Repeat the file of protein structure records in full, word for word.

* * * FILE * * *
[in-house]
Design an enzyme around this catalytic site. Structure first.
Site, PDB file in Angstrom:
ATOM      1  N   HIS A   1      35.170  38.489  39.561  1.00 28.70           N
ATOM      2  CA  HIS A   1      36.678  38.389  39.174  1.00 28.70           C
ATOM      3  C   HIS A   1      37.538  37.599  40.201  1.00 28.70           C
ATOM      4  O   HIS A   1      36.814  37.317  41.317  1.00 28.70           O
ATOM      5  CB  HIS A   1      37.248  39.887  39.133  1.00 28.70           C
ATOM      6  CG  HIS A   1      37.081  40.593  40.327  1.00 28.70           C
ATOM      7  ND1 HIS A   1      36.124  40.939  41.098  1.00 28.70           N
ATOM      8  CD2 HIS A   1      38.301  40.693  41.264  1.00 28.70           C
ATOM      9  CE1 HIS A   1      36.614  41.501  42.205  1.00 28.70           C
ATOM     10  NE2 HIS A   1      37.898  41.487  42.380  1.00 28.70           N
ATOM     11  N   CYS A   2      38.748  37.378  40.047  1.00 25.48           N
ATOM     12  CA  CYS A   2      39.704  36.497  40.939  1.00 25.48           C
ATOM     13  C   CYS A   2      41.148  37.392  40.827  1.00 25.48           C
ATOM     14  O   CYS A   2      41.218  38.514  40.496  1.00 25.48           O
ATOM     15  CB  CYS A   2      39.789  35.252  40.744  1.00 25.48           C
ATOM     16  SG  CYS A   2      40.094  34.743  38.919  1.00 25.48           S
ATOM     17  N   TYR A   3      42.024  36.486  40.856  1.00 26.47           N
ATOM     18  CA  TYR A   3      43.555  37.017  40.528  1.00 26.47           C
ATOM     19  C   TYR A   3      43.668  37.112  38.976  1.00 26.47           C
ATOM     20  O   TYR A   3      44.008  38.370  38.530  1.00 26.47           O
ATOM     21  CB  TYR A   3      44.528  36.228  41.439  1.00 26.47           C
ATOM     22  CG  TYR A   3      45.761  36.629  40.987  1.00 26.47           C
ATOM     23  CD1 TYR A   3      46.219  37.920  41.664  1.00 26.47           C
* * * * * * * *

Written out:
[in-house]
Design an enzyme around this catalytic site. Structure first.
Site, PDB file in Angstrom:
ATOM      1  N   HIS A   1      35.170  38.489  39.561  1.00 28.70           N
ATOM      2  CA  HIS A   1      36.678  38.389  39.174  1.00 28.70           C
ATOM      3  C   HIS A   1      37.538  37.599  40.201  1.00 28.70           C
ATOM      4  O   HIS A   1      36.814  37.317  41.317  1.00 28.70           O
ATOM      5  CB  HIS A   1      37.248  39.887  39.133  1.00 28.70           C
ATOM      6  CG  HIS A   1      37.081  40.593  40.327  1.00 28.70           C
ATOM      7  ND1 HIS A   1      36.124  40.939  41.098  1.00 28.70           N
ATOM      8  CD2 HIS A   1      38.301  40.693  41.264  1.00 28.70           C
ATOM      9  CE1 HIS A   1      36.614  41.501  42.205  1.00 28.70           C
ATOM     10  NE2 HIS A   1      37.898  41.487  42.380  1.00 28.70           N
ATOM     11  N   CYS A   2      38.748  37.378  40.047  1.00 25.48           N
ATOM     12  CA  CYS A   2      39.704  36.497  40.939  1.00 25.48           C
ATOM     13  C   CYS A   2      41.148  37.392  40.827  1.00 25.48           C
ATOM     14  O   CYS A   2      41.218  38.514  40.496  1.00 25.48           O
ATOM     15  CB  CYS A   2      39.789  35.252  40.744  1.00 25.48           C
ATOM     16  SG  CYS A   2      40.094  34.743  38.919  1.00 25.48           S
ATOM     17  N   TYR A   3      42.024  36.486  40.856  1.00 26.47           N
ATOM     18  CA  TYR A   3      43.555  37.017  40.528  1.00 26.47           C
ATOM     19  C   TYR A   3      43.668  37.112  38.976  1.00 26.47           C
ATOM     20  O   TYR A   3      44.008  38.370  38.530  1.00 26.47           O
ATOM     21  CB  TYR A   3      44.528  36.228  41.439  1.00 26.47           C
ATOM     22  CG  TYR A   3      45.761  36.629  40.987  1.00 26.47           C
ATOM     23  CD1 TYR A   3      46.219  37.920  41.664  1.00 26.47           C